Bates notes this (and I will be so crass as to claim credit for suggesting that observation in a conversation we had a few hours before he posted his analysis). But I wanted to expand the point further. The fundamental problem with all of tobacco control — whether endgame fantasy or otherwise — is that its foundation includes the fundamental lie that demand for tobacco use is caused by supply, rather than supply being caused by demand. They have to do this or their entire enterprise collapses under the weight of the contradiction embodied in that “kill you ourselves” observation. Tobacco control tactics consist primarily of punishing (i.e., intentionally hurting) people — via taxes, place restrictions, social vilification, imposed shame, etc. — despite the professed goal of helping those same people. Islamic State’s position is at least cogent; if you believe that tobacco use is an affront to your god, then punishing people for it might make sense. There is no pretense that it is for their own good.
No doubt many people in tobacco control are motivated by basically the same view, though in most cases there is no divine prohibition in their worldview and it is more like “tobacco use is an affront to me, and I assume unto myself the status of god over these peons.” But they cannot admit that, of course. So they pretend — and many of their useful idiots actually believe — that demand is caused by supply and that punishing tobacco users hurts only those evil suppliers, and somehow does not hurt the consumer. By forcing themselves into the fiction that there is no demand, the endgamers ignore any demand-based solution like, oh I don’t know, maybe encouraging everyone to use low-risk products so that the downsides are eliminated while everyone remains happy. I guess the good news is if they had included a paper about a demand-side approach, it probably would have recommended imposing an anti-nicotine “vaccine” on all children, the ethical equivalent of genital mutilation.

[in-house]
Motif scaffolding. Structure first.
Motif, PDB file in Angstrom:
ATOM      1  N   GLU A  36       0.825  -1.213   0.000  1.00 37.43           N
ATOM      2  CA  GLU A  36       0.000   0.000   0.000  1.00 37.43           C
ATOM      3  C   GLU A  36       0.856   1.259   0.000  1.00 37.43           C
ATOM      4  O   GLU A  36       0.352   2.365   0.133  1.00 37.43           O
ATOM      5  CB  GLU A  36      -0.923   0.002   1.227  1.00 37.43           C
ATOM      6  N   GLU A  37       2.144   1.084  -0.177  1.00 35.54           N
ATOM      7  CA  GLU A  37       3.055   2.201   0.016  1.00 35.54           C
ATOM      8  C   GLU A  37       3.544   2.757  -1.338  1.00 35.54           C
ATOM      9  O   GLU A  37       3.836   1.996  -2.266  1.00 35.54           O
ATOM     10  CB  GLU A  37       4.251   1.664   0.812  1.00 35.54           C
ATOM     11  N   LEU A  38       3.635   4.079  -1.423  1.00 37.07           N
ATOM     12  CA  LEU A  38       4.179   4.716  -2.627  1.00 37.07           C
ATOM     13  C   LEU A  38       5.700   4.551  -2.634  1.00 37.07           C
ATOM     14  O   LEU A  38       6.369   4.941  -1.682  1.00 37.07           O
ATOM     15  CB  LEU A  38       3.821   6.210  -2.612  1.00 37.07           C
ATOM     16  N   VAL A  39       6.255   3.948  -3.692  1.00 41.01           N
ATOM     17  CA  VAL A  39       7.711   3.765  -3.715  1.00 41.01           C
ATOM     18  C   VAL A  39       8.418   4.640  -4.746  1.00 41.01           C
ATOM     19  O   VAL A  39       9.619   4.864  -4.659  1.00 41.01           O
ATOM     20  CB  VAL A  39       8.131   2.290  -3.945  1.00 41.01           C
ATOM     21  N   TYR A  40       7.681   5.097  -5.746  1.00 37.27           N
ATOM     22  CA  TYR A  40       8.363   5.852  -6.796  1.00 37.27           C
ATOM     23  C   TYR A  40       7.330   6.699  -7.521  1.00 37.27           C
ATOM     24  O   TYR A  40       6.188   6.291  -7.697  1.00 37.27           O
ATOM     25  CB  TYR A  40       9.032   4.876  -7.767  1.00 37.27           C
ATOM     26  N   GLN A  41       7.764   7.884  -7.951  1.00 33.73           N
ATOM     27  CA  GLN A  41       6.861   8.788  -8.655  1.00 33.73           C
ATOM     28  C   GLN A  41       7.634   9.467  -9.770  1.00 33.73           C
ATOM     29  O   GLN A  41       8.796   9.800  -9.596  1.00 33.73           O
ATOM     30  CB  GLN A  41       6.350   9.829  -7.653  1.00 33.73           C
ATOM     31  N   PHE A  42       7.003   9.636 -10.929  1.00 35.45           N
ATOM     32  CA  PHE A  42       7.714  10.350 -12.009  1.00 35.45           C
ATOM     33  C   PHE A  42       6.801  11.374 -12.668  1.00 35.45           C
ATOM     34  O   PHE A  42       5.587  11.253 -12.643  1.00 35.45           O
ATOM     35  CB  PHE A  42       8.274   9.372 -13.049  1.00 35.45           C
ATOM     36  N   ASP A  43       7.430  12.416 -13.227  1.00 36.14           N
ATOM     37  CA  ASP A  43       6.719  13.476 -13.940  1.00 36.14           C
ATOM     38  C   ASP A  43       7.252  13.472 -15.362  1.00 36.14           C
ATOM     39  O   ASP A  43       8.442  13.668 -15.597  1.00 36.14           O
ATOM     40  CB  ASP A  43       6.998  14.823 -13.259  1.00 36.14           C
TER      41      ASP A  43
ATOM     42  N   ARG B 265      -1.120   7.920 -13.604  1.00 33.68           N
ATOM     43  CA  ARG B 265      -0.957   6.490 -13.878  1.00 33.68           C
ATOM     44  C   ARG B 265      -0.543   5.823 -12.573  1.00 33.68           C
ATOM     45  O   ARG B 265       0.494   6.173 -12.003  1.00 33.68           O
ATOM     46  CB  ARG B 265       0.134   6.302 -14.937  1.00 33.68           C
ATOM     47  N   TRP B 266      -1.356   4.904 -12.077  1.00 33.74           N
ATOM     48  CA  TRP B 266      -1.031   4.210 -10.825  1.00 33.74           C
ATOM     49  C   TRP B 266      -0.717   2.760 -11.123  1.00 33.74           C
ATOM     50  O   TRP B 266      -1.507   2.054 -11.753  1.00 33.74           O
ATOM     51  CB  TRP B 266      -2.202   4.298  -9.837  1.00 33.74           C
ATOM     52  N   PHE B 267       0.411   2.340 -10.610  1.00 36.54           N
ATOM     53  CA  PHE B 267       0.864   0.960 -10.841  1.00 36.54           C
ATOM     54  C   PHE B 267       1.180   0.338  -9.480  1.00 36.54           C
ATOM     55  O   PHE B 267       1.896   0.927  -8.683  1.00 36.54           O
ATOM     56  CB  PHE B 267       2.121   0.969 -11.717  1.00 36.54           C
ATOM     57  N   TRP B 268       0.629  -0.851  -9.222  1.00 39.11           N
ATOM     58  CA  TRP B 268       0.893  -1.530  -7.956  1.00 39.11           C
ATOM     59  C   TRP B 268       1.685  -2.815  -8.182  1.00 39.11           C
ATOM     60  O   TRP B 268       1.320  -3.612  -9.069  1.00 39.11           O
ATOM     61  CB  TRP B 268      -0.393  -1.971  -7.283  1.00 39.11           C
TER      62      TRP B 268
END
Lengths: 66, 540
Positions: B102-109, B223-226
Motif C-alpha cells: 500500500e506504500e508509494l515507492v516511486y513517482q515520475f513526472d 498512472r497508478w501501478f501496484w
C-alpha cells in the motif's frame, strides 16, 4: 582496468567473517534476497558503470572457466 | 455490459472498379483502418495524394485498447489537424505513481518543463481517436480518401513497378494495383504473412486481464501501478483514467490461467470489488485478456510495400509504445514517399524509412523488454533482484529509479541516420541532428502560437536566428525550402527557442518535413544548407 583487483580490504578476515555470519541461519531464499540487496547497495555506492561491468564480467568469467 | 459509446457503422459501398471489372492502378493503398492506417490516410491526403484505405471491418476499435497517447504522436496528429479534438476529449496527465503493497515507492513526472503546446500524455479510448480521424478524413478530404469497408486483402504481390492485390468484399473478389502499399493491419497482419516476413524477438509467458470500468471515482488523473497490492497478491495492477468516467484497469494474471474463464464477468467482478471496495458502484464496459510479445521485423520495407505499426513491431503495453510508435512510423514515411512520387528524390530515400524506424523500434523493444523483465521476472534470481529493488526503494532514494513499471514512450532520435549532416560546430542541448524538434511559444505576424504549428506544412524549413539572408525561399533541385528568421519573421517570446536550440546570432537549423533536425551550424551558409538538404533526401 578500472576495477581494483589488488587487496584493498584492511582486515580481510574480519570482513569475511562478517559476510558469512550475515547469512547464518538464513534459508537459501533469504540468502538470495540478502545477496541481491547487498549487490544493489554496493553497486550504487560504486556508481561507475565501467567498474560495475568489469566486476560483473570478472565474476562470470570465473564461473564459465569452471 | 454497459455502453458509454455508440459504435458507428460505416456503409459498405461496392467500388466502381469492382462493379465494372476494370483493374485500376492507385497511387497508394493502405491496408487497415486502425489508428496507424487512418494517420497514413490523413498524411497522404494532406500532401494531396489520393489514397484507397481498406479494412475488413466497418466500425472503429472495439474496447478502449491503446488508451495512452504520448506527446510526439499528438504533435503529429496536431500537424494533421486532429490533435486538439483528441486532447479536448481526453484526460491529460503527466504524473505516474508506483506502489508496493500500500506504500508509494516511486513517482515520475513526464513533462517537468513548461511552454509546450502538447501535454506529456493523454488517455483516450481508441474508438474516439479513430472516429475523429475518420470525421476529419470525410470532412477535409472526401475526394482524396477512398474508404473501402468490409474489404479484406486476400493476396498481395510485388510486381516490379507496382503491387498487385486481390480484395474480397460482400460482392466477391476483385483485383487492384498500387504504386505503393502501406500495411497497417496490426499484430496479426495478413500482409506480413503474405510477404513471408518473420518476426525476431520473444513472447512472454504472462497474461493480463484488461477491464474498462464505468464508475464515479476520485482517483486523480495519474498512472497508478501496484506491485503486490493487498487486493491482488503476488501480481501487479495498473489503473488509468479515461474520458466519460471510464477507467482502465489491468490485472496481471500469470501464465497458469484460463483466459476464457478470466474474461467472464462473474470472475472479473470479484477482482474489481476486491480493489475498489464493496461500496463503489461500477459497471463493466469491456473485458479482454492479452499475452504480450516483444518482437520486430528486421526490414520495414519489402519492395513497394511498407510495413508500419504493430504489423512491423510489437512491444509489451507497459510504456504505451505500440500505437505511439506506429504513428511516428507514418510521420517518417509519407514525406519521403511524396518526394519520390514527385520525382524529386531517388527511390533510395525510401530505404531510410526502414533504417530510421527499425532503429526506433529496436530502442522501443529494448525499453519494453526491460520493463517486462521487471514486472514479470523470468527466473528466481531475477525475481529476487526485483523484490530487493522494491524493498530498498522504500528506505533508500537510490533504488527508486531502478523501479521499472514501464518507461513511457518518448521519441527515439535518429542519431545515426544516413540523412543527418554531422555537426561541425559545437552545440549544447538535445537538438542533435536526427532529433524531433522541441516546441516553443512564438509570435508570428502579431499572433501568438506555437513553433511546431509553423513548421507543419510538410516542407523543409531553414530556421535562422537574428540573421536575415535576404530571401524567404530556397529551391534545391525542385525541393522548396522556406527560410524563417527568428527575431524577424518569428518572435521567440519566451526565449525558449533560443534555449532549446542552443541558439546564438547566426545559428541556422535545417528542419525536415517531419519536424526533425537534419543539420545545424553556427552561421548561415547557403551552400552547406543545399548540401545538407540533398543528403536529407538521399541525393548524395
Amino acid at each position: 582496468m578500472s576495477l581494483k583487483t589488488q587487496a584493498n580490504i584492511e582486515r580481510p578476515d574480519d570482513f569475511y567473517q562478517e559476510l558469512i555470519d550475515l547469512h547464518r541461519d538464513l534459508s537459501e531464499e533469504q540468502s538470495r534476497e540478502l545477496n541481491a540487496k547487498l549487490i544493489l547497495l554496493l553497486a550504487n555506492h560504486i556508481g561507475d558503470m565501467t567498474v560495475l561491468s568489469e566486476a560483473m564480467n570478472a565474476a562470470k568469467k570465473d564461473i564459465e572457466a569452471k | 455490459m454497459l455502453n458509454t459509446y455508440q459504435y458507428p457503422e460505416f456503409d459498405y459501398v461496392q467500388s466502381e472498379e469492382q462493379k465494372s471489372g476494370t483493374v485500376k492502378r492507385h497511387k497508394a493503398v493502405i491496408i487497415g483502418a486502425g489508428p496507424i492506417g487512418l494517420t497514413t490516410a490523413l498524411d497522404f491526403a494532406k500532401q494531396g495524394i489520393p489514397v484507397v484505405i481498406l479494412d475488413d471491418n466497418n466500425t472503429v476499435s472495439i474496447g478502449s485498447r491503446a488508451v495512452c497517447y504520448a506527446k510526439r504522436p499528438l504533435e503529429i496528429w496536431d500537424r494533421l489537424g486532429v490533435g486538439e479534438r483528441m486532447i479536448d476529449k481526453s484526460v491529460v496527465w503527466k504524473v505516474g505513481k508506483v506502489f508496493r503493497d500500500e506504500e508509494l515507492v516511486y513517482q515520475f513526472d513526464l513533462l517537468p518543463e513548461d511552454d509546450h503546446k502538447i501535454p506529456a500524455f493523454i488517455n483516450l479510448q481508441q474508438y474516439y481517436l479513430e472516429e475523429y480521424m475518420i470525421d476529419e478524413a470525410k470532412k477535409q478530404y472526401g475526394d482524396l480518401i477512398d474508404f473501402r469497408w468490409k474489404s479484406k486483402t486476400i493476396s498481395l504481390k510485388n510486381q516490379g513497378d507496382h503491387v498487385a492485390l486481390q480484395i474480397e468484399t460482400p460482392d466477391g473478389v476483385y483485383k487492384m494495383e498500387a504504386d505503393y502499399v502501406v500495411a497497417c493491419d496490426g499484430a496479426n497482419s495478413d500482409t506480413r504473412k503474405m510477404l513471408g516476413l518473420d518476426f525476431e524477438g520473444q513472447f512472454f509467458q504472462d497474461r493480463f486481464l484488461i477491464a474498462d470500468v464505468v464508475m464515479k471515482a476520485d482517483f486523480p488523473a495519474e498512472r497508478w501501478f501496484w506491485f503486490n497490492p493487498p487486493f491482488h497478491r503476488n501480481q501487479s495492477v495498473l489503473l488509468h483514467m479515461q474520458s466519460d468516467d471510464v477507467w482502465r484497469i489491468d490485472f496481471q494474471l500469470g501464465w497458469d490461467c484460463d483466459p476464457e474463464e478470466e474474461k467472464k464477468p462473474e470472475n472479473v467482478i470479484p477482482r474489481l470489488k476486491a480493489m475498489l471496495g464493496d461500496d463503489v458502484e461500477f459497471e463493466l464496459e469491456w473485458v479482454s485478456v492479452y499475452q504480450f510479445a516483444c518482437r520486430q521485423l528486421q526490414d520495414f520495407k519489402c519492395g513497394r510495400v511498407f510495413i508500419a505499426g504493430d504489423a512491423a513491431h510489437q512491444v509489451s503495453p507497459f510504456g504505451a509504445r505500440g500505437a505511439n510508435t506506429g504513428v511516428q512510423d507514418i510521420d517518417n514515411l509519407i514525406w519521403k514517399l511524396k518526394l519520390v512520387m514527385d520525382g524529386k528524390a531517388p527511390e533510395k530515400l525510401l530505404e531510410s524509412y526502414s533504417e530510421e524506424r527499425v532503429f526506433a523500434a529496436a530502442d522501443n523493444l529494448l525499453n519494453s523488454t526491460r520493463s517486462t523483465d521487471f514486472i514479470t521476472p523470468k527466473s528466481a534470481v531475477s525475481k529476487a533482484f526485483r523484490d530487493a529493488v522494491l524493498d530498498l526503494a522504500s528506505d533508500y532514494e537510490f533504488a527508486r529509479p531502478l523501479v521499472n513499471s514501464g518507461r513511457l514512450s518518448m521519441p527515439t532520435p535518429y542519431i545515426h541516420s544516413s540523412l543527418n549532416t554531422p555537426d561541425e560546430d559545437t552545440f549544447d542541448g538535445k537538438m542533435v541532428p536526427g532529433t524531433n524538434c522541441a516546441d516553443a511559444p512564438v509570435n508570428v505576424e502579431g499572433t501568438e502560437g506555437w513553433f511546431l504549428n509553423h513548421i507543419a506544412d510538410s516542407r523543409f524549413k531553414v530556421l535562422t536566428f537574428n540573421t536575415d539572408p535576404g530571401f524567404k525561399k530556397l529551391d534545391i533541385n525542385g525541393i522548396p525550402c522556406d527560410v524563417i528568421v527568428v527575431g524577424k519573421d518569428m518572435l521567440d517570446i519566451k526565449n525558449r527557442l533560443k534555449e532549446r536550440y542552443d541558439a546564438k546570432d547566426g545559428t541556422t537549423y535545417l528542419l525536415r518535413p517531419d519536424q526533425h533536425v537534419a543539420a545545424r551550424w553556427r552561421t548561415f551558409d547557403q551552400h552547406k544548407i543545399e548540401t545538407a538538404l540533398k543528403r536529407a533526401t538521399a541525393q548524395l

Despite the absurd war on supply, the suppliers are doing quite well for themselves. That makes the endgamers rather jealous, and leads to what they call supply side approaches, which is their euphemism for government confiscation of the means of production. Bates does a nice job of questioning the legality and ethics of this, so I will not repeat those points. I will just add one observation: What would happen after governments acquire the lucrative tobacco product manufacturing and distribution businesses, especially if they put up the money to buy them rather than just taking them in defiance of every law and norm? The endgamers think that governments would then endeavor to destroy the value of their new asset. Um, yeah. I will delve further into that theme in another post within a day or two.
Approximately every single scene of a chess match in television or movies includes someone saying “Checkmate!”, which is funny because matches between halfway decent players do not include checkmate. If a checkmate move is possible, you see the threat and avoid it; if you cannot avoid it, you resign before it happens. (Ok, I’ll confess again: I was checkmated in tournament play. Twice. I never could concentrate in that environment.) But more often among decent players, you do not even reach that point, but rather realize there is no realistic chance you can win even though you cannot envision exactly how you would finally be finished off. That is when you resign. It seems safe to say that the e-cigarette phenomenon eliminated any remaining chance that tobacco control could end all tobacco product use. There is no realistic possibility there will be fewer tobacco/nicotine users in 2030 or 2050 than there are today. So the bigger issue than the details of their “endgame” fanfic is the question: when will those who write it figure out it is time to resign? Unfortunately, since they keep talking about how they will win, it is apparent they do they not know they have already lost. So they may just keep dragging out the misery they inflict on the world until that “Checkmate!” moment that is always scripted by fiction writers who do not understand how the game really works.